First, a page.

detail. That is, you must include not just the URL, but also the
author of the page (using
Anonymous or an institutional author,
if necessary), the title of the page, the publisher (the site), and
The date is particularly important. Unlike printed sources, which have new editions when they change, electronic resources often change unexpectedly. By including the date the page was accessed and modified, you at least provide some indication of when the ideas you were using were available at the specified location.
Here is a sample citation for this page, using one standard form of citations.
Rebelsky, Samuel (2005). Academic Honesty. Grinnell College Department of Mathematics and Computer Science. Available at http://www.cs.grinnell.edu/~rebelsky/Courses/Tutorial/2007F/Handouts/academic-honesty.html (Last modified 21 August 2005; Visited 21 August 2005).
Pre-Grinnell [Samuel A. Rebelsky]
Later, Presumably Pre-Grinnell [Samuel A. Rebelsky]
Saturday, 21 August 1999 [Samuel A. Rebelsky]
Monday, 17 January 2000 [Samuel A. Rebelsky]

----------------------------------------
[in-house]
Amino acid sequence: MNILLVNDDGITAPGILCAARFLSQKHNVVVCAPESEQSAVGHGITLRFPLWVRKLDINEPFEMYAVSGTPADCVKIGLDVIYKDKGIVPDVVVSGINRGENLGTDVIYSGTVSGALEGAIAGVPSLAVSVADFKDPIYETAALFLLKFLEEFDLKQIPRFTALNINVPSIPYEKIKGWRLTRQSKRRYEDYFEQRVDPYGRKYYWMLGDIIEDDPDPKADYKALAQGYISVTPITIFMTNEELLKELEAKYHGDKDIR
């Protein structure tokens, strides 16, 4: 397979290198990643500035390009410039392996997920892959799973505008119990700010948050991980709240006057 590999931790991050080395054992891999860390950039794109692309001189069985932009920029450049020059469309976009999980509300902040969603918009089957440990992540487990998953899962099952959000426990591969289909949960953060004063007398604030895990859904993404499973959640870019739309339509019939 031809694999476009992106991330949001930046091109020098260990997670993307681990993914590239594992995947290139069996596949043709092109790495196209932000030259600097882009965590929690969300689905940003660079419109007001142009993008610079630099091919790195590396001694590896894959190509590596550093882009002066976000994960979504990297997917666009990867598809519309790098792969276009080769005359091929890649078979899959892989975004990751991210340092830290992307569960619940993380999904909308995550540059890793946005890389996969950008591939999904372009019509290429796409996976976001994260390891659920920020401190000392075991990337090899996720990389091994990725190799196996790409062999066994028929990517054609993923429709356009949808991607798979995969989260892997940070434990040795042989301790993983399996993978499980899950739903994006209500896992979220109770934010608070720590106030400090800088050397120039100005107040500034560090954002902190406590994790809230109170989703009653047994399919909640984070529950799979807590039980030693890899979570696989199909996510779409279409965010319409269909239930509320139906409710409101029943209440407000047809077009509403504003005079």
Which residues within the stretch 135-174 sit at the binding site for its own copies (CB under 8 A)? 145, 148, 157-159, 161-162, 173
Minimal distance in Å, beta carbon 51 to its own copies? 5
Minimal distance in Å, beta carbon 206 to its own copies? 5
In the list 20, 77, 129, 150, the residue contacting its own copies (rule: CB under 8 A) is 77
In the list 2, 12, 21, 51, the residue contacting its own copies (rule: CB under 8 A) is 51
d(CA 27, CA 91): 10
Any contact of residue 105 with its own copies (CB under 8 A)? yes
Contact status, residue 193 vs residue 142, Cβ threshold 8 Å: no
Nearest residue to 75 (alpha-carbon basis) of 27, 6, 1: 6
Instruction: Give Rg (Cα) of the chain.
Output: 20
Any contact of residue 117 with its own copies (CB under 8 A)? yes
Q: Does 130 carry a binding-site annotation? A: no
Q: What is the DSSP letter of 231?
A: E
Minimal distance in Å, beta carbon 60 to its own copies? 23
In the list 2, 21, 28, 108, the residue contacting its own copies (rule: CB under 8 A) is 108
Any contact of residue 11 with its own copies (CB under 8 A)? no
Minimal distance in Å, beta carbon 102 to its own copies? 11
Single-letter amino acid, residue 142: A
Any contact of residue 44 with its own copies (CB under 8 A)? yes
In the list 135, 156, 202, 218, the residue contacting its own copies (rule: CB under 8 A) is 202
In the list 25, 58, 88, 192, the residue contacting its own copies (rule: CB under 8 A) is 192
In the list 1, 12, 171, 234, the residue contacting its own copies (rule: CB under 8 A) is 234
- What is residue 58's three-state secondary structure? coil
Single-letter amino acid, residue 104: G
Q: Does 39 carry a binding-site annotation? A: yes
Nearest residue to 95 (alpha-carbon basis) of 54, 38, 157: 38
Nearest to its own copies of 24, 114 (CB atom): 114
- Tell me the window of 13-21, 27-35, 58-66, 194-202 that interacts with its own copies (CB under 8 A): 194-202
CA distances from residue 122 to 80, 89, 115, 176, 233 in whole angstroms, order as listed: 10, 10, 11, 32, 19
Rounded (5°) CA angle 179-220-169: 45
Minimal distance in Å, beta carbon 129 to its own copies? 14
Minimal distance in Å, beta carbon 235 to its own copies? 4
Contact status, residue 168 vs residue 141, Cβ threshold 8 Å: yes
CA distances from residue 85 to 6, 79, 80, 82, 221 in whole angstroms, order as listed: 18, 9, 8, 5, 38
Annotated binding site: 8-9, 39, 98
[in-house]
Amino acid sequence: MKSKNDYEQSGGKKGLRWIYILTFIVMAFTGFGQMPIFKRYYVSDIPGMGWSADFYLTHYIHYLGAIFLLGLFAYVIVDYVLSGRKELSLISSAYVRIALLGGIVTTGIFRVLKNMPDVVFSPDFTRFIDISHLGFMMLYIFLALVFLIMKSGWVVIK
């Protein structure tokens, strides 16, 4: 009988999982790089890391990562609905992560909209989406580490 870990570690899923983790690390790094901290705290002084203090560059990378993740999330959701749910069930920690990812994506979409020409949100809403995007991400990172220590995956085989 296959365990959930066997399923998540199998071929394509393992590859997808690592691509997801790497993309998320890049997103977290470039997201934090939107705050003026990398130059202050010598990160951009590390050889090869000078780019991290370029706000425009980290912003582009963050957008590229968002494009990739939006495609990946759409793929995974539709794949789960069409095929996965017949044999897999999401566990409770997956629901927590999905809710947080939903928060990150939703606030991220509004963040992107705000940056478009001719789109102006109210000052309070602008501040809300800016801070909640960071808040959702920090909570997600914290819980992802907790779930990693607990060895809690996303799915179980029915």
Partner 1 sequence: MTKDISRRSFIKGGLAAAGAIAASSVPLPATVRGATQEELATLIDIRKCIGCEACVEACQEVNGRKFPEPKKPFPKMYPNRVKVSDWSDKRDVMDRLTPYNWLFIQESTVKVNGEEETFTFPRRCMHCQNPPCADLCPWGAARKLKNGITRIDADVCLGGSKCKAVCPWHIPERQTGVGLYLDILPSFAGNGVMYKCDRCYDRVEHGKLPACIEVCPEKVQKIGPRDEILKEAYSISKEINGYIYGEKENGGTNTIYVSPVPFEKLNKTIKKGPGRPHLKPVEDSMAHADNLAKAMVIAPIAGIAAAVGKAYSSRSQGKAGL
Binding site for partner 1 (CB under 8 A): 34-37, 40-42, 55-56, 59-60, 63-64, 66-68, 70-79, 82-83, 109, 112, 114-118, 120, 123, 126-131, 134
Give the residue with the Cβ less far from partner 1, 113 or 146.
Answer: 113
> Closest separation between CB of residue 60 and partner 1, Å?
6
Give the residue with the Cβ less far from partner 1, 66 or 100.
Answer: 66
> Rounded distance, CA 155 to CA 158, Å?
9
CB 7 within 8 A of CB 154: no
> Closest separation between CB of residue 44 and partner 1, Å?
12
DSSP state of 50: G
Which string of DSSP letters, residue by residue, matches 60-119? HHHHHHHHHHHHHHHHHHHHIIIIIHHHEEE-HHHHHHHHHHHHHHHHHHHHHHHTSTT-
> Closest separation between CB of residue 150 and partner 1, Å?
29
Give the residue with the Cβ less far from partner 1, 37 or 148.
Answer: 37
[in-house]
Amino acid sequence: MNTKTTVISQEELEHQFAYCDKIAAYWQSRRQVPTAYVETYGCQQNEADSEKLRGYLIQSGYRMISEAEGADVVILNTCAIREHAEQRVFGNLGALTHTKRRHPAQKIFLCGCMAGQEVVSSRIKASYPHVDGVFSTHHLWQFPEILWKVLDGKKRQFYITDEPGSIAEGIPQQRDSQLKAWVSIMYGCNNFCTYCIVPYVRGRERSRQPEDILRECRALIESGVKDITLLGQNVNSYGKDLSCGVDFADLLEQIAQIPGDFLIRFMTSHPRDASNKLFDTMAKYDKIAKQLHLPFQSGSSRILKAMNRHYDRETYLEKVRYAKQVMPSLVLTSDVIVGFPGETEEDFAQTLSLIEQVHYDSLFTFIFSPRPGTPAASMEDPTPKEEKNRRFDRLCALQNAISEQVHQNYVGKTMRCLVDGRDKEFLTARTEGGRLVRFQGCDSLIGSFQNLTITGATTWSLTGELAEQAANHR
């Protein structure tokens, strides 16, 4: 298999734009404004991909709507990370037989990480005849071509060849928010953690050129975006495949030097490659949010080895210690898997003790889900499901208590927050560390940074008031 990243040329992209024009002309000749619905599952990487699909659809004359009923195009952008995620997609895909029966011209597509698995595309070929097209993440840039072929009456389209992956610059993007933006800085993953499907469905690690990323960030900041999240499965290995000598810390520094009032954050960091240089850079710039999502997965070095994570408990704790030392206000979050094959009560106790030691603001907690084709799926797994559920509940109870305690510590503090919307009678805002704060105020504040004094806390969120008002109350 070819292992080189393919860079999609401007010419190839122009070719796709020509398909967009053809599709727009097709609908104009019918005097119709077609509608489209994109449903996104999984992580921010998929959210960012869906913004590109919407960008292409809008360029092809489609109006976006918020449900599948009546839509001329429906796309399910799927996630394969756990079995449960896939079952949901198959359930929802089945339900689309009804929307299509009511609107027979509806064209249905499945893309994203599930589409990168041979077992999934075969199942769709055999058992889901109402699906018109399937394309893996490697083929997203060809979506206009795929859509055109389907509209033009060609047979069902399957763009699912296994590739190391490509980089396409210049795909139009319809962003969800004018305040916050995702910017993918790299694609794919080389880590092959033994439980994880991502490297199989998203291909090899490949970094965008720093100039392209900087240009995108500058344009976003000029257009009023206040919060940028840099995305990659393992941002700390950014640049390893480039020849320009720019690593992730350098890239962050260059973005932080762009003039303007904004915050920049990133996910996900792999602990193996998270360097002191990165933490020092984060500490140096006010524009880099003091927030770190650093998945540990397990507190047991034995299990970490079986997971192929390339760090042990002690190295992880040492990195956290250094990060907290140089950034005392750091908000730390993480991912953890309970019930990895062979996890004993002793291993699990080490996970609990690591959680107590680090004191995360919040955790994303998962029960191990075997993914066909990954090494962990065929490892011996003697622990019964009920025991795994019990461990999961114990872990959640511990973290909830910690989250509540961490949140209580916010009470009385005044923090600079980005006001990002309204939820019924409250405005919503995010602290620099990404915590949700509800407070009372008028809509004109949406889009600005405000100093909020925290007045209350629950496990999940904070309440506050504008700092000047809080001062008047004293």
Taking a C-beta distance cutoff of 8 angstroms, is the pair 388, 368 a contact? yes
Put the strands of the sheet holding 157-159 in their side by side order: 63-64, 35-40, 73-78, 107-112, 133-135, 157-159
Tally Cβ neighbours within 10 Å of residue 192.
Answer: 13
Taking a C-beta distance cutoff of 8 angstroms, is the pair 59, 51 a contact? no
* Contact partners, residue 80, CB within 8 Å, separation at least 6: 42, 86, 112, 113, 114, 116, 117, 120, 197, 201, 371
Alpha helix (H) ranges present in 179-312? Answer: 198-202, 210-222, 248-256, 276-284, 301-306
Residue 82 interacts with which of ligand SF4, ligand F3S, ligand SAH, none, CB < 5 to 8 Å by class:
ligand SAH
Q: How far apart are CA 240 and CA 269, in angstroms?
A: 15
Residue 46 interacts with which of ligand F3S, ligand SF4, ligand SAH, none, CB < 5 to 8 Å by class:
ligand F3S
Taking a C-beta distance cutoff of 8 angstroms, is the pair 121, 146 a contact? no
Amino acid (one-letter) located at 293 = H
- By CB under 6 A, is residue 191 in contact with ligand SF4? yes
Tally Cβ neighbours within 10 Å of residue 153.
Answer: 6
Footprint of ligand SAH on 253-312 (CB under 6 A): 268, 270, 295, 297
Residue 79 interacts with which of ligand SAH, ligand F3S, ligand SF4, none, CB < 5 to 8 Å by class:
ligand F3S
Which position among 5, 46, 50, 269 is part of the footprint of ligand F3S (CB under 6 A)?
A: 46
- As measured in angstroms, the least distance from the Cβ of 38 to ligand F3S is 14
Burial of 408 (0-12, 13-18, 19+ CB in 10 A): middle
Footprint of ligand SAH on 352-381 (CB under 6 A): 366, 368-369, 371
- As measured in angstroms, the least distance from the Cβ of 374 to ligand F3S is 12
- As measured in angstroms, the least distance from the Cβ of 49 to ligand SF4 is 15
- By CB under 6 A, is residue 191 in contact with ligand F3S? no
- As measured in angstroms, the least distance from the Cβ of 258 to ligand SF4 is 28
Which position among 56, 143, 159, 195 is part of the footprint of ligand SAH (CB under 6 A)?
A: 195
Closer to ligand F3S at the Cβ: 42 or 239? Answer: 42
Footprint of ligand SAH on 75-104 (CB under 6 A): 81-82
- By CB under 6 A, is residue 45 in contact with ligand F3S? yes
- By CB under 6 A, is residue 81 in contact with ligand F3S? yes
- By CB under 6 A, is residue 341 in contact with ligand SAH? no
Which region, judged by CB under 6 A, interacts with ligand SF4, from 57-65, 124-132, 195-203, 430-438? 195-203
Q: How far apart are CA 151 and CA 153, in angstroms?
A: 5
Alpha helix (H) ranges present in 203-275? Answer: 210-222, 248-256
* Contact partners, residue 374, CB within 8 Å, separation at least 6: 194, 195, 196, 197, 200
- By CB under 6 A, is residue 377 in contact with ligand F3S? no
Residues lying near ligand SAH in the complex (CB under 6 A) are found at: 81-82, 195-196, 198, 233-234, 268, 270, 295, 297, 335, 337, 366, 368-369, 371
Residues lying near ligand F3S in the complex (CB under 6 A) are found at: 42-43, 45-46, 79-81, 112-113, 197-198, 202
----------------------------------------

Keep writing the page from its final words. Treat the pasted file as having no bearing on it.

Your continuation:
Thursday, 24 August 2000 [Samuel A. Rebelsky]
Friday, 12 January 2001 [Samuel A. Rebelsky]
Friday, 19 January 2001 [Samuel A. Rebelsky]
Tuesday, 7 January 2003 [Samuel A. Rebelsky]
Saturday, 23 August 2003 [Samuel A. Rebelsky]
Sunday, 21 August 2005 [Samuel A. Rebelsky]
I usually create these pages
on the fly, which means that I rarely
proofread them and they may contain bad grammar and incorrect details.
It also means that I tend to update them regularly (see the history for
more details). Feel free to contact me with any suggestions for changes.
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Copyright © 2007 Samuel A. Rebelsky. This work is licensed under a Creative Commons Attribution-NonCommercial 3.0 License. To view a copy of this license, visit or send a letter to Creative Commons, 543 Howard Street, 5th Floor, San Francisco, California, 94105, USA.Samuel A. Rebelsky, firstname.lastname@example.org